‘Hence that general is skilful in attack whose opponent does not know what to defend; and he is skilful in defence whose opponent does not know what to attack.’ Ludendorff
In WW1 mass warfare went hand in hand with mass production. The challenges of a war on such a huge scale were a catalyst for the rapid innovation of new technology. All innovations can be categorised in two ways; completely new ideas or refinements of old ones. They include not just the end product but also innovation of processes that would occur when making end products. Most innovations were soon combatted with a counter innovation; these limited the extent to which the original innovations could be counted as significant. Whereas, for example, the atom bomb is regarded as the single most significant moment of WW2 and was a turning point there was no comparable innovation that was seen as a turning point for WW1. Here I analyse three of the more important innovations and assess their impact on the events of the war and afterwards.
First invented in 1837 (and patented in 1874) and used to pen cattle it was nicknamed the ‘Devil’s Rope’. Military leaders spotted the idea and realised that it could pen in men too. This was very much a refinement; the previously long strands of razor sharp wire were coiled up to make human access far more difficult. The also experimented with lengthened and sharpened points and then bunching them closer together. Thickets, sometimes 40 metres thick were strewn in front of the frontline on both sides. Barbed wire was significant and arguably one of the most influential innovations. Essentially because it made it so difficult to move the frontline forwards. ...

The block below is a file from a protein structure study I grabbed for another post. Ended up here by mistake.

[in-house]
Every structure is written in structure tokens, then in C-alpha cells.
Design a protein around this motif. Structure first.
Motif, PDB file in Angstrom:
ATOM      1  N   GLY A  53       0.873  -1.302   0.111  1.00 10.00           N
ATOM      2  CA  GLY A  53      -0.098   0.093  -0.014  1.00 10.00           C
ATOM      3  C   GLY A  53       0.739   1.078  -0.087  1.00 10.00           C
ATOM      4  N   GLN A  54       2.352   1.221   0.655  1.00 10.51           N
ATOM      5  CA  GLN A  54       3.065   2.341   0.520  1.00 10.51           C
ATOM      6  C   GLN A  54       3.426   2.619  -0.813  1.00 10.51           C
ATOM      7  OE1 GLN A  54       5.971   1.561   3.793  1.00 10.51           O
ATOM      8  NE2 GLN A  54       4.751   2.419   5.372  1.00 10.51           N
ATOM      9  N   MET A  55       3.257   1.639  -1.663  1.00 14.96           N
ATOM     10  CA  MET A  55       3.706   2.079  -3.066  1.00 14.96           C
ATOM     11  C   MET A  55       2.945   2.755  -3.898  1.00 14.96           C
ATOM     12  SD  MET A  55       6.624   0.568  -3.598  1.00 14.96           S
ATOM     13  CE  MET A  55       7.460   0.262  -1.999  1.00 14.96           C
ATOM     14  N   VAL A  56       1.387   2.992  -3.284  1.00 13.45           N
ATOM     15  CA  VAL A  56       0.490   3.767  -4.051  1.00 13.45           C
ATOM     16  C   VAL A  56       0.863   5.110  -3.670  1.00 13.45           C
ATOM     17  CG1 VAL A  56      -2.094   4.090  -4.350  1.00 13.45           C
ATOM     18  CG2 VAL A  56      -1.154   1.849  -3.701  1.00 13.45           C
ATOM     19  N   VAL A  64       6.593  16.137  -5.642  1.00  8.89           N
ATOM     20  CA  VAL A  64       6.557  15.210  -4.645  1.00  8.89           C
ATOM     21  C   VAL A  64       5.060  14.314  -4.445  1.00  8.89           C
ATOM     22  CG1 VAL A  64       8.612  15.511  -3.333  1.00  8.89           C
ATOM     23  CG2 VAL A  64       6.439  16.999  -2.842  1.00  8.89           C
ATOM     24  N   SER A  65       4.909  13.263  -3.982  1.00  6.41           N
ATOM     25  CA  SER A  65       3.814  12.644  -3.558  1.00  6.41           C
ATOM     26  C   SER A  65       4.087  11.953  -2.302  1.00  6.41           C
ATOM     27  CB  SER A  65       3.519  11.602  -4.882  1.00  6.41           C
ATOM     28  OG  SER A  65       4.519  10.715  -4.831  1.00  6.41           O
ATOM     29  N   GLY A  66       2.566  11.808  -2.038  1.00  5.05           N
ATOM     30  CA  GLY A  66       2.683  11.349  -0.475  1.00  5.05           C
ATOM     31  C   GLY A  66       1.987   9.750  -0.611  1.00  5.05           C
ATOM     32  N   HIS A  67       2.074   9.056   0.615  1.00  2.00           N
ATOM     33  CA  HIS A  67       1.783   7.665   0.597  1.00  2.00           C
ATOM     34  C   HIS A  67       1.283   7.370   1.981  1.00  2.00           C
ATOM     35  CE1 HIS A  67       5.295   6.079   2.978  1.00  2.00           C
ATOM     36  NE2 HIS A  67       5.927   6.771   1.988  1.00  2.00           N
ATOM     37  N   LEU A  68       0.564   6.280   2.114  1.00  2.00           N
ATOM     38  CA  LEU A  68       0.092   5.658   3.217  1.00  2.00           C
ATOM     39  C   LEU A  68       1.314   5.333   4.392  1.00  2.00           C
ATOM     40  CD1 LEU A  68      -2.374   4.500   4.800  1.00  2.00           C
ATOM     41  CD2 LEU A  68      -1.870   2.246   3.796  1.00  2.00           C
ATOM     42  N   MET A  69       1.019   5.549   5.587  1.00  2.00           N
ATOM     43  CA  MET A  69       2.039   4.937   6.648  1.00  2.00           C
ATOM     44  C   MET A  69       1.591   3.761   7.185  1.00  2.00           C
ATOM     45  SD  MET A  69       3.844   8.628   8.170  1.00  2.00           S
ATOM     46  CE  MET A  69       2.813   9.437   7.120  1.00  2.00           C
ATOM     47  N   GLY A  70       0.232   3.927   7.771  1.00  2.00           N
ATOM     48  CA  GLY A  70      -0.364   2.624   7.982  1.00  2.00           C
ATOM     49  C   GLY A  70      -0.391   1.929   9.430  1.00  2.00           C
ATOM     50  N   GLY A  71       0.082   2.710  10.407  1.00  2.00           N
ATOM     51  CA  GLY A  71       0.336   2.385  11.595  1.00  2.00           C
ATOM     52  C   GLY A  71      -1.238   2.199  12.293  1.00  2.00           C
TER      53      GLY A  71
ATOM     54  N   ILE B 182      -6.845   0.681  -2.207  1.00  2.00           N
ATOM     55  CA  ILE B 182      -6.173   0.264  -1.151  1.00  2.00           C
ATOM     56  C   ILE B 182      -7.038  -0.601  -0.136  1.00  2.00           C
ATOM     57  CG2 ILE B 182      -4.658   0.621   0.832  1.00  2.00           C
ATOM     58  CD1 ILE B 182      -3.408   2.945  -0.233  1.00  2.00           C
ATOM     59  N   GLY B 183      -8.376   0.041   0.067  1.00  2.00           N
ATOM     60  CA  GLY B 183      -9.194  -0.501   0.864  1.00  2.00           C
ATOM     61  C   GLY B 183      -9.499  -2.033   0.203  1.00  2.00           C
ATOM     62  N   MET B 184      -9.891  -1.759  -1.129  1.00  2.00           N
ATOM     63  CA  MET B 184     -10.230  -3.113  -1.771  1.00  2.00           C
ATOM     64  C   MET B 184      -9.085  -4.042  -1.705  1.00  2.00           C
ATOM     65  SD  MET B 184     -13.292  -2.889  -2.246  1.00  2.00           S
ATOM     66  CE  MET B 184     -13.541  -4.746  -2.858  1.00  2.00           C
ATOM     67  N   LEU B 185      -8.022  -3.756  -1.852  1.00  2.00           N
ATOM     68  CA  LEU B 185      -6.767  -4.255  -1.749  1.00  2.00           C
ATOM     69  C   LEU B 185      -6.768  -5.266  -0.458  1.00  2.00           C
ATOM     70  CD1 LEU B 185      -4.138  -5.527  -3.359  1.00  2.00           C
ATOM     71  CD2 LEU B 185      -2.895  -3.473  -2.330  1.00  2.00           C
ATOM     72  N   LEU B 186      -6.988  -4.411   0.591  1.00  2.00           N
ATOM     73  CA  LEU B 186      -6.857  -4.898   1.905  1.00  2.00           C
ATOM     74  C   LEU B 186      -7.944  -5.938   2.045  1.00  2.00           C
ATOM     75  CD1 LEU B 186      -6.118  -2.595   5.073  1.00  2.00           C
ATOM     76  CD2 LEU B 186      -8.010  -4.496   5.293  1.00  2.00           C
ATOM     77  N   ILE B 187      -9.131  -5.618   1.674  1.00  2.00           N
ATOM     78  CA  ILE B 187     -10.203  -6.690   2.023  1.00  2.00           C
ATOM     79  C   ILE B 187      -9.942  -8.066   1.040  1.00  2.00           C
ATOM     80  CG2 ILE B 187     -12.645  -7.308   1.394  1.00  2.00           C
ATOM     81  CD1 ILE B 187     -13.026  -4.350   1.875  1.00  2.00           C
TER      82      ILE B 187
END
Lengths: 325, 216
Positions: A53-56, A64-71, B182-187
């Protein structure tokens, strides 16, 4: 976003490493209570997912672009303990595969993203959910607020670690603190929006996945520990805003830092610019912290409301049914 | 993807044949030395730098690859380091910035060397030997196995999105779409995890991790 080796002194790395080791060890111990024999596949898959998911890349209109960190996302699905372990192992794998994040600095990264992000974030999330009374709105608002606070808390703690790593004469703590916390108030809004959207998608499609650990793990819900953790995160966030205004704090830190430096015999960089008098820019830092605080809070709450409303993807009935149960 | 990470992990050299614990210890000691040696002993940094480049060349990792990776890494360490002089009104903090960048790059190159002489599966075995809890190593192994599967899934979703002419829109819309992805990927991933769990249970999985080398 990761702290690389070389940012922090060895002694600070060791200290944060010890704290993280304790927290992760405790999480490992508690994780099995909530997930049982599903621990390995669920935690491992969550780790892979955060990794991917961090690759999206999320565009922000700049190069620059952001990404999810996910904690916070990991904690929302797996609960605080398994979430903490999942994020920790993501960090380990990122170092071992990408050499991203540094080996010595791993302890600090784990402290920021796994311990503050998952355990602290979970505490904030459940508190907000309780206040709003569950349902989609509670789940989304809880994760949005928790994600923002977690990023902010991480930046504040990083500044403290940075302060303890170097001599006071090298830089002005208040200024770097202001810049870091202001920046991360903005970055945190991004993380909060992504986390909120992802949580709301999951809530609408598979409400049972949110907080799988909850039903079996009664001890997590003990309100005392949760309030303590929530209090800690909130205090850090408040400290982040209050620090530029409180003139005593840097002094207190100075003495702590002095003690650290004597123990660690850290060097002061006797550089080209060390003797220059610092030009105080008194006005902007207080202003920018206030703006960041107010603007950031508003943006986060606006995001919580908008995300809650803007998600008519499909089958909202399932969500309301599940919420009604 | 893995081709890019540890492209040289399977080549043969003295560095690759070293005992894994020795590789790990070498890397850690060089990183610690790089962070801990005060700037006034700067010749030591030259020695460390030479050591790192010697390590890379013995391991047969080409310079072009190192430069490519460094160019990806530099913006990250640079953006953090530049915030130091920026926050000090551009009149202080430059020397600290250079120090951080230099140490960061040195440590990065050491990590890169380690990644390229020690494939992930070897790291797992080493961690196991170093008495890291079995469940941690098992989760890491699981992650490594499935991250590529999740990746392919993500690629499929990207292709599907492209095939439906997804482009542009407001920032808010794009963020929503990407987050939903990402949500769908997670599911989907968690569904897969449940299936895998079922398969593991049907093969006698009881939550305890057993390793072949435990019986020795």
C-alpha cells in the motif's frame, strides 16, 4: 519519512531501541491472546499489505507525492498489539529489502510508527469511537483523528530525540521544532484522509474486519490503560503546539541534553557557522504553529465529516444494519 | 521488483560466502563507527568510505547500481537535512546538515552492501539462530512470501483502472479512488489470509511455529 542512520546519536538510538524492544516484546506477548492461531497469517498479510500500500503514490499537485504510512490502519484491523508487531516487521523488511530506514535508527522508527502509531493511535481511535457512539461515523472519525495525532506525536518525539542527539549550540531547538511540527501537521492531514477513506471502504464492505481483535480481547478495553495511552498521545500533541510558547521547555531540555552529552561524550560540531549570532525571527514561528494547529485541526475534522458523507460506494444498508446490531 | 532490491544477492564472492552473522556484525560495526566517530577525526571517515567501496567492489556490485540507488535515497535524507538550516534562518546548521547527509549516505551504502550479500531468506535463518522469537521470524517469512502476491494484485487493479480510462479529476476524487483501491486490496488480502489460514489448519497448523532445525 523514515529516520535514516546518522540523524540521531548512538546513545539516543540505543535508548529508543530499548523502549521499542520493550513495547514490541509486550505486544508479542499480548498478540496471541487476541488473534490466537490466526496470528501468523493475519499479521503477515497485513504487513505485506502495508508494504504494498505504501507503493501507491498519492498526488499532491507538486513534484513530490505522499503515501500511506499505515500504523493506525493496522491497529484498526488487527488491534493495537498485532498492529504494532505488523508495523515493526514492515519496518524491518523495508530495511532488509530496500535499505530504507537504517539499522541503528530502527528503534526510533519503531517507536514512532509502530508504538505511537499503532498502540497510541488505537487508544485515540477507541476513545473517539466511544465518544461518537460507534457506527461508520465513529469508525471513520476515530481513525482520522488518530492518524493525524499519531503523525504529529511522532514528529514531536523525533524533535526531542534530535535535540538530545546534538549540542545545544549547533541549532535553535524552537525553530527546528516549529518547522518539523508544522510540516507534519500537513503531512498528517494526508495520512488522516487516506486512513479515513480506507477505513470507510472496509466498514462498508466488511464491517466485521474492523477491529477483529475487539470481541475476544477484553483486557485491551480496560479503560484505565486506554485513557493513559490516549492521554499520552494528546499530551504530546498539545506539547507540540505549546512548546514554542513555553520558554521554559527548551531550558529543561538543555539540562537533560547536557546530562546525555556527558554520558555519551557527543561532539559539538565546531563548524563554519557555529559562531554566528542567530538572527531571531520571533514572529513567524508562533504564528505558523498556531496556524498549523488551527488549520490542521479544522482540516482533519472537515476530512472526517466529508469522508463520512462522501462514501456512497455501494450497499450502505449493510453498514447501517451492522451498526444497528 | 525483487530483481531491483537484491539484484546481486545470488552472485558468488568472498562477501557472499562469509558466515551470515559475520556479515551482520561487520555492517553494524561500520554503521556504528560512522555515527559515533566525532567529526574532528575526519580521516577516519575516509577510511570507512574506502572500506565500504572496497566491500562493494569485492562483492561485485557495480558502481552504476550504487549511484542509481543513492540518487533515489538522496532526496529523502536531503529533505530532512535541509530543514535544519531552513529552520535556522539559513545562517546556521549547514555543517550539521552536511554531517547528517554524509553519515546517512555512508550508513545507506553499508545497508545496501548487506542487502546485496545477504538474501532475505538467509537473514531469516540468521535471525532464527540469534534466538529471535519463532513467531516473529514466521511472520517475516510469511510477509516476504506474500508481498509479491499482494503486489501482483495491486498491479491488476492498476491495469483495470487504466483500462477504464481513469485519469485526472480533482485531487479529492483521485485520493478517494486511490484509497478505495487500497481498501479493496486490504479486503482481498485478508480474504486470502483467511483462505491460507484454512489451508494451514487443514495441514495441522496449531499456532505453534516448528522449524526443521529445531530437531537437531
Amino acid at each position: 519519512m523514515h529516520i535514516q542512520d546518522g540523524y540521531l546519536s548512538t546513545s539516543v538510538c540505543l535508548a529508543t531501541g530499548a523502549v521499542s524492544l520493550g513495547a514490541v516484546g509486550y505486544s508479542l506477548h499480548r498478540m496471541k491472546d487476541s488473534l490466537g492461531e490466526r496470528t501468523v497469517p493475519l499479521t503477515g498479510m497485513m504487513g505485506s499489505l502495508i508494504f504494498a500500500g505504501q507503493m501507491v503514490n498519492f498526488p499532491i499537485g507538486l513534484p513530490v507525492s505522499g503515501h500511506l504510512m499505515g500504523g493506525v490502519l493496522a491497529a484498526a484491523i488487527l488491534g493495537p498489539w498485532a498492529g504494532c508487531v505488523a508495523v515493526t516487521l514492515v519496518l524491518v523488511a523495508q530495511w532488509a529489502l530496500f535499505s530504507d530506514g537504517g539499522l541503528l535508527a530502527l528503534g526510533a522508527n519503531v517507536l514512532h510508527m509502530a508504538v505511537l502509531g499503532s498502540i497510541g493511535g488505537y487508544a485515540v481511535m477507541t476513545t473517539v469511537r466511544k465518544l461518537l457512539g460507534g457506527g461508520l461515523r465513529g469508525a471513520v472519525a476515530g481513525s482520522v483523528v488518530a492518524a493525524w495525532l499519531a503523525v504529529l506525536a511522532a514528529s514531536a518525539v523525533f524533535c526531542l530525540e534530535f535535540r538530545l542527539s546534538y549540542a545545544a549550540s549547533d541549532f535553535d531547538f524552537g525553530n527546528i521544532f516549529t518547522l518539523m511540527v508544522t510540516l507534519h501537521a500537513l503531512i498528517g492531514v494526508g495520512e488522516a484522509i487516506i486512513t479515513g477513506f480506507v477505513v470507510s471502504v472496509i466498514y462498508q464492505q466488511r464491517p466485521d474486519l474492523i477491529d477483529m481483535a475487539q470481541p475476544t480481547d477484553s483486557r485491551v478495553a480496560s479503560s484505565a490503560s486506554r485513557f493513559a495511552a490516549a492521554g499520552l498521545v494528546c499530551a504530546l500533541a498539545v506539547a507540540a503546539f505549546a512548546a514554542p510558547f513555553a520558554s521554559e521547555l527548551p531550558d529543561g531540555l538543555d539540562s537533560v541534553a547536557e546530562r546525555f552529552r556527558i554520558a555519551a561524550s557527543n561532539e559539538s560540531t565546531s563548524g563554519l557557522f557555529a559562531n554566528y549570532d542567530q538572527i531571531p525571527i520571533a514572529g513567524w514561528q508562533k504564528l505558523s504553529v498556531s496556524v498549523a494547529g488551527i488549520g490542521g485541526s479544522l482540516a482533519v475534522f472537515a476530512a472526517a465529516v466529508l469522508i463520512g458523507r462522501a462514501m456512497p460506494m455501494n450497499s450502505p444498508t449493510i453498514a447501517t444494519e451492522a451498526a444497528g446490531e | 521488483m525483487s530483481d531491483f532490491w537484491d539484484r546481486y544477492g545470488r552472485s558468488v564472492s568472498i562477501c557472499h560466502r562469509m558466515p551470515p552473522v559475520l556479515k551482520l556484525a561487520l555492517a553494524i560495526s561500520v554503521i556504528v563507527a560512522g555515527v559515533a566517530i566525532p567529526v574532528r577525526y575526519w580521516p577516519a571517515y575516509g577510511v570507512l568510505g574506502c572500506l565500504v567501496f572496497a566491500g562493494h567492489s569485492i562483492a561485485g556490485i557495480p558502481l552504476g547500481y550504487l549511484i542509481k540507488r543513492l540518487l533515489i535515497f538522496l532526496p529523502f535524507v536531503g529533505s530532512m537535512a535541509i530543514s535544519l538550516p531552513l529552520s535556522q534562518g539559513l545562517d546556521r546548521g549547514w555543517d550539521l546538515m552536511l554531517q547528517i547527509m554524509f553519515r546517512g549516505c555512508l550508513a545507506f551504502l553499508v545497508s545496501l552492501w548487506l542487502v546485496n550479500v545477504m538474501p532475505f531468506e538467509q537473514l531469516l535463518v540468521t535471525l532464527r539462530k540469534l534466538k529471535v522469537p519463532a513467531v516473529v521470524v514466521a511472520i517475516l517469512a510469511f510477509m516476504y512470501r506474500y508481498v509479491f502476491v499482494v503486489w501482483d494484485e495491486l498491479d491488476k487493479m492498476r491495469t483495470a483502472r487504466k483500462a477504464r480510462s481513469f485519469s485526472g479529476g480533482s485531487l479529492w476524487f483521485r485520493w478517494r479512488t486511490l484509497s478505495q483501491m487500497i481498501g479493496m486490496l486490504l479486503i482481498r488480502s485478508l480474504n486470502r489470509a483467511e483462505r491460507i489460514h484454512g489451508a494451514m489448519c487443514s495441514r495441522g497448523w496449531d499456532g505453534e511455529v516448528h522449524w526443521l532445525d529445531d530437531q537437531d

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...rgument that neither side believed it to be significant or worthwhile enough to use again; it would cause retaliation. More recently there have been accusations of use in Syria and Iraq.
In all 3 cases examined the opposing side quickly learnt how to copy, overcome and then to improve upon the innovations. What seems significant is how quickly an innovation could be replicated (the barrier to entry) and overcome. In the case of tanks, the innovation caused an arms race in production. Barbed wire became less significant because it could be overcome and gas became a threat that has rarely been used however tanks have experienced an accelerated evolution; they are now key component to modern warfare and are capable of tasks previously considered absurd such as travelling at 73 km/h or being able to float in water. There are over 120,000 tanks in the world.
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